As of 12:30 p.m. tonight, the petition started by Buckner Terrace resident Abbi Reynolds has expanded to 920 signatures and is quickly gaining speed. If Mayor Rawlings and the Dallas City Council chose to move ahead despite the protests of nearly 1,000 residents, I would think that would be political suicide, if not worse.
And after reading the comments on this petition, I have to agree with the neighborhood. At first blush when my City Councilman suggested it, I thought Timberlawn, because of it’s layout, would make a great homeless center — thinking more along the lines of a place where social and psychiatric services could be offered. And the price might be right: DCAD value is about $2.6
But no, no, no, for several solid reasons:
-The building is historical and should be preserved as a possible museum or cultural center. It could also be sold and made into a luxury hotel and conference center. Think I’m nuts? In June, we stayed at the Blackburn Inn in Staunton, Virgina, a luxury hotel converted from a mental institution. Built in 1828 by Thomas Jefferson’s architect as the nation’s second mental hospital, the long-abandoned insane asylum and prison in Staunton was known as the Western State Lunatic Asylum and not an easy renovation: it took 12 years for the 33,000 square foot property but the developers are moving forward to add condos, apartments, helipads, and restored houses. Bathrooms were gorgeous (vessel tubs!) and we slept very very well, thank you.
-Buckner Terrace is experiencing real estate transformation –gentrification- and filling Timberlawn with homeless could stop or even reverse the transformation. This would not be fair to the homeowners. As one resident said: “This location is not conducive for the proposed shelter due to lack of adequate job training, educational, and rehabilitative facilities. Such a shelter in this neighborhood at this time would not benefit the neignorhood, nor it’s residents. Our neighborhood has seen positive transformation and development. I strongly suggest a more suitable location closer to th3 social services, mental services, transportation and job training, At his stage, our residential neighborhood is not the appropriate location for a shelter.”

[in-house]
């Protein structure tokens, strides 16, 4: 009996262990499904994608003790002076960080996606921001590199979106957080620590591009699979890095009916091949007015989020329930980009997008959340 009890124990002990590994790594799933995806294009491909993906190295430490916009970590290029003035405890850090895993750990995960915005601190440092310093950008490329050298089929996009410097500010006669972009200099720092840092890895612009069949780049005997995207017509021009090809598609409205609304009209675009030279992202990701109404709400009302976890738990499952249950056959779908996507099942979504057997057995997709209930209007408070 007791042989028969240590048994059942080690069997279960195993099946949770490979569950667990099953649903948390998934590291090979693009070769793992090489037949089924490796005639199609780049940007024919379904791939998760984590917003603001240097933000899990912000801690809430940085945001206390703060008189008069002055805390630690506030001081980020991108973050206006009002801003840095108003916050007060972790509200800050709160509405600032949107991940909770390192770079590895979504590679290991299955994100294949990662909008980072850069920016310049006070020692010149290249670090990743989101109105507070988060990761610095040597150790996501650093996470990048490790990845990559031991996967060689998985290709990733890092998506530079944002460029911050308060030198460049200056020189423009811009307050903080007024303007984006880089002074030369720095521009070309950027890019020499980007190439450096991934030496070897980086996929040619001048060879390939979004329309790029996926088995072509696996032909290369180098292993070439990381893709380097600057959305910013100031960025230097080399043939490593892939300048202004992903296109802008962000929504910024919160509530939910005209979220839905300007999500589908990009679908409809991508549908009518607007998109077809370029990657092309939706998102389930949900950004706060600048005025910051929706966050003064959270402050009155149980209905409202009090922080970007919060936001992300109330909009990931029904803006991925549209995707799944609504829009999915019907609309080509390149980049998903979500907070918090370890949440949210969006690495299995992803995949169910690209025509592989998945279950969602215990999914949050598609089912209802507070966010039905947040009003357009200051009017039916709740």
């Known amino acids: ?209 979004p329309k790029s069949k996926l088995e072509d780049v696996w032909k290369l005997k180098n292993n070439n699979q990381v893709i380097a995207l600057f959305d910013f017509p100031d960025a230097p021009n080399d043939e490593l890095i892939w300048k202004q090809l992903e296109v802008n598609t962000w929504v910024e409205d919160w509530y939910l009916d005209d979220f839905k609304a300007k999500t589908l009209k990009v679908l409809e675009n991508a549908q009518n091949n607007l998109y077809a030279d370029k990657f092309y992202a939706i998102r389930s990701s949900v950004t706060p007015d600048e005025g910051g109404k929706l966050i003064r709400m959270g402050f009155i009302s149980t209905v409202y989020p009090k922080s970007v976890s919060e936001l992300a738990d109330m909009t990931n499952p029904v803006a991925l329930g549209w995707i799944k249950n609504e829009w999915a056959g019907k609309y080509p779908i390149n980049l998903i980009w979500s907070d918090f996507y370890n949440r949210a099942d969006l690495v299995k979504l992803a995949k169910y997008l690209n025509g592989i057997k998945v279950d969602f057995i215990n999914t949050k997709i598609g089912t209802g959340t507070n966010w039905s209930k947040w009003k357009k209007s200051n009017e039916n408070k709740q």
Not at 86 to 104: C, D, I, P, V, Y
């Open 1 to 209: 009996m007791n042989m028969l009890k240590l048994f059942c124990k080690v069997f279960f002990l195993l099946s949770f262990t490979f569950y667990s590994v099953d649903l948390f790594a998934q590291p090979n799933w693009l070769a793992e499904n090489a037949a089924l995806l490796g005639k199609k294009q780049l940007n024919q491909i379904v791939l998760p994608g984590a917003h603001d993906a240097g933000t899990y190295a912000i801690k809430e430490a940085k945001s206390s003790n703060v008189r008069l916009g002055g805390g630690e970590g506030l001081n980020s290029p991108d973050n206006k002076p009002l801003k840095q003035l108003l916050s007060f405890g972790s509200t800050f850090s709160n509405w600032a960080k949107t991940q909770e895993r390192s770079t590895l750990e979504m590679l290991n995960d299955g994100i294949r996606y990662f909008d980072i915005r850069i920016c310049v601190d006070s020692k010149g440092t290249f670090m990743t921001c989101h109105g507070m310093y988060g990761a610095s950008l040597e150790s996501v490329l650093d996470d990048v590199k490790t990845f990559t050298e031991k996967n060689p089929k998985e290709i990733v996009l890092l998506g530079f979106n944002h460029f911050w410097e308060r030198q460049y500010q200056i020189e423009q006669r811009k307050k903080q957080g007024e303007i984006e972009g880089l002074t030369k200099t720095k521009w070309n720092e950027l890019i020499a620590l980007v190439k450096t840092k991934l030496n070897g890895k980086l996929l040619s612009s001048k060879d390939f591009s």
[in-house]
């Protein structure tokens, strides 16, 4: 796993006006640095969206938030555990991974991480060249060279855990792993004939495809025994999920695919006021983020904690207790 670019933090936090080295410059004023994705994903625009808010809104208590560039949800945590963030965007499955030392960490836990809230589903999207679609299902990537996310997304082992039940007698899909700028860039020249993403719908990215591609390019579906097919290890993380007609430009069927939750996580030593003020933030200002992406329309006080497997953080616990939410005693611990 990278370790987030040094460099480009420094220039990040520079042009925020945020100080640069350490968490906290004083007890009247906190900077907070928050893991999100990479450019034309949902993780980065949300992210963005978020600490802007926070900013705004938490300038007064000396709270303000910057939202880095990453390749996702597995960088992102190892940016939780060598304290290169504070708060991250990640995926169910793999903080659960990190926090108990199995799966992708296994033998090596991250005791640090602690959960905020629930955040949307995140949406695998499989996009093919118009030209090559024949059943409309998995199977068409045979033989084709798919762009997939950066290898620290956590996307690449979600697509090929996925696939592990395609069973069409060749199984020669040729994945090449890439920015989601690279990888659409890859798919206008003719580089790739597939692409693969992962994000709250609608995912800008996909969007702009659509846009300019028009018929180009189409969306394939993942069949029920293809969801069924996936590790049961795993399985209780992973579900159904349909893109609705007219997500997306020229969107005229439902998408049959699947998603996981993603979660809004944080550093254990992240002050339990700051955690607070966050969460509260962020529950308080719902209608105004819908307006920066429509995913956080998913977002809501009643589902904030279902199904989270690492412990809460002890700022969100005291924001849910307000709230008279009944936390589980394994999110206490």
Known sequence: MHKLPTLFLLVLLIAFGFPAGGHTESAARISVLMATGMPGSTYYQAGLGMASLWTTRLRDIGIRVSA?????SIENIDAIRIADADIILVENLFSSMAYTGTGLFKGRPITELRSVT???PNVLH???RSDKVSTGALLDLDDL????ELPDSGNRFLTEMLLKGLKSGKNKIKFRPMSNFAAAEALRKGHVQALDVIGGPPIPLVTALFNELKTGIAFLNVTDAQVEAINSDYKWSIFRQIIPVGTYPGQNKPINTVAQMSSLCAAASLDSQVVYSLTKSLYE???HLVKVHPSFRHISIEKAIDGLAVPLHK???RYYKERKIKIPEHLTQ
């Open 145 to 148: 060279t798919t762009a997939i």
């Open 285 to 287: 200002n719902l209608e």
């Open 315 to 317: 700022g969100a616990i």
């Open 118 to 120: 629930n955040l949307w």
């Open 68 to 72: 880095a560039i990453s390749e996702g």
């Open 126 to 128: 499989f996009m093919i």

– Timberlawn is apparently close to two elementary schools as well as Skyline High School: “We have two elementary schools and Skyline High School close to Timberlawn, so if you pass this obscene suggestion, then hire police to actually stay at the schools.” (With our police shortage?)
– Historic structures and older buildings ARE hard to maintain: “Not a good use of resources. Historic structures cost too much to maintain and are not built for mass traffic and wear”
– And Timberlawn is not near the social services the homeless need: “It just doesn’t make sense in this residential neighborhood. Public transportation is minimal at best. (One bus line). There are not many businesses for job opportunities. Residents would have difficulty getting to and leaving from the area. A location with more businesses, adequate transportation, and a higher number of social services makes more sense.”
Therein lies the problem: social services are concentrated in downtown Dallas, and the Parkland area, ,thus that is where homeless tend to congregate though some are now camping around the city, such as at Forest Lane and North Central Expressway, as I saw earlier.
Homeless experts tell me we have to create smaller homeless centers around the city, spread the problem out to get a solution. So really, each District should kick in a preferred building to do just that. Kevin Felder’s idea of abandoned DISD schools is good, but I’m still leaning towards Dawson Jail. Or Parkland:
Nicole Barnett·4 days ago
In the meantime, know if you buy a home in the vicinity of any social service agencies, chances are you will have homeless people in your ‘hood.